CD Review: Sammy Hagar – Sammy Hagar & Friends
All Access Review: B-
|Sammy Hagar - Sammy Hagar & Friends 2013|
That said, the affable Hagar is not without friends, as the new album of hard-rocking, bluesy, country-flavored collaborations Sammy Hagar & Friends points out. Taj Mahal, Kid Rock, Nancy Wilson of Heart, Journey’s Neal Schon, Ronnie Dunn and Toby Keith, Montrose pals Denny Carmassi and Bill Church, and, of course, his boys in Chickenfoot – the cast is a who’s who of musical heavyweights. In typically raucous and rowdy fashion, Hagar presides over what should be a 10-song soundtrack for a week-long drunken bender, but by the end, there’s a sense that the hangover has come early, thanks to some strangely reinterpreted covers and an overall sense of malaise.
An uneven set of ballsy, rough-and-tumble, metal-tinged originals like “Knockdown Dragout” and the slow-burning, fuzz-toned “Not Going Down,” penned by Jay Buchanan of the Rival Sons, Sammy Hagar & Friends also features the red-hot, tires-squealing, rock ‘n’ roll thrill ride “Bad on Fords and Chevrolets” – a Hagar-Dunn duet that drives recklessly like a bootlegger being chased through gravelly back roads by the Feds. By far the most exciting and infectious track on Sammy Hagar & Friends, Jerry Lee Lewis would approve of it and probably join in, although he might not be so complimentary towards the lazy, lethargic and surprisingly stiff treatment of “Margaritaville” Sammy and company sleep through here.
Given his taste for tequila and fondness for the laid-back island fun, everyone knew the day would come when Hagar would try his hand at “Margaritaville,” and it’s an utter failure, almost completely devoid of any of the sunny charm of Jimmy Buffett’s version. Turning Depeche Mode’s “Personal Jesus” into a mid-tempo blues holy roller – complete with soulful backing singers – might not seem like such a bad idea, but in execution, it seems awkwardly arranged and anything but a religious experience, sucking the hypnotic creepiness out of the original version and transforming it into a bland, insipid Vegas-style lounge number, instead of a fiery, organic sermon. Not all of the covers chosen by Hagar are treated so shabbily, as Bob Seger’s “Ramblin’ Gamblin’ Man” is a vibrant revival tailor-made for his loud monster-truck vocal pipes.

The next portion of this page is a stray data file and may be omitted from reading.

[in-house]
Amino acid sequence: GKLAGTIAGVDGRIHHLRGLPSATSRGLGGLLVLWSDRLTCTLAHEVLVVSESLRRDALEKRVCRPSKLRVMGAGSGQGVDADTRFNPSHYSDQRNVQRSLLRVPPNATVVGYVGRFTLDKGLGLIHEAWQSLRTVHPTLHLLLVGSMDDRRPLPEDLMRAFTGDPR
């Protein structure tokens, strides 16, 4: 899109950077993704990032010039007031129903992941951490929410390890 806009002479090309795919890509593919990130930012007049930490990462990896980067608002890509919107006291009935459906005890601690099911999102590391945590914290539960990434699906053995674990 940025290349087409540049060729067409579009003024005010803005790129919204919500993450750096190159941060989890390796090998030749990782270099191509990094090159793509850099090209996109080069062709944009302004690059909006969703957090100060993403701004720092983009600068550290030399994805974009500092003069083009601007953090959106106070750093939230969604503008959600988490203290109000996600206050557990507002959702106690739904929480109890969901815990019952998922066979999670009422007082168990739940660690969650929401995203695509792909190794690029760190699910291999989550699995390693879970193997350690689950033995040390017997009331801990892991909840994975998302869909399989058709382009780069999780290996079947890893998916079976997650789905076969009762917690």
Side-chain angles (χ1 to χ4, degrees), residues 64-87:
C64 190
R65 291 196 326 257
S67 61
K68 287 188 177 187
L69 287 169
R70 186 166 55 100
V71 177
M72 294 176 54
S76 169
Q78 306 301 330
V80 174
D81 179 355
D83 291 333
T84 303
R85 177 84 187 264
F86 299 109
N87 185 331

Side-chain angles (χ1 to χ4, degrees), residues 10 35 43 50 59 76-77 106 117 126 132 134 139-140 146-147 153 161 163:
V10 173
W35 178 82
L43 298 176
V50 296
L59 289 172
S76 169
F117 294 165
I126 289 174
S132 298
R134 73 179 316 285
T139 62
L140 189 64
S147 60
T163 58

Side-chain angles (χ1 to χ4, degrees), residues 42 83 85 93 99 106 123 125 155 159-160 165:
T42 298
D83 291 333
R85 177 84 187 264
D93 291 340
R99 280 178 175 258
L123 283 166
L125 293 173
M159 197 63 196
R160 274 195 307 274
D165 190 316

“Father Sun” and “Winding Down” come off as much more inspired works, with the bright mandolin and acoustic guitar strumming of the former drenched in Southern down-home charm and the slinky slide-guitar meanness of the latter slipping and sliding around a lyrical laundry list of societal and political ills. Recorded live in the studio, the brawny, crawling “Going Down” finds Hagar, Schon, Michael Anthony and Chad Smith grinding and tenderizing the song’s body with bruising rhythmic blows, making a big drill out of it that could tunnel through bedrock.
Sammy Hagar & Friends runs hot and cold, its country-pop warmth and heavy rock statements made all the more powerful through the instrumental prowess of articulate players like Schon and Joe Satriani, even if they feel like as if they’re saving themselves for something for more challenging than this off-the-cuff experience. What should be a colorful rock ‘n’ roll fiesta has too many grey spaces, too many periods of lifeless fist-shaking at enemies real or imagined that lack real conviction. When Hagar should be the cheery drunk wearing a lampshade on his head, he expresses halfhearted defiance, as if the beating he’s taken over the years by faceless critics has finally gotten to him. For once, the shaggy-haired Hagar shies away from being the life of the party, and that grinning, laughing personality of his is missed. http://www.frontiers.it/
– Peter Lindblad
– Peter Lindblad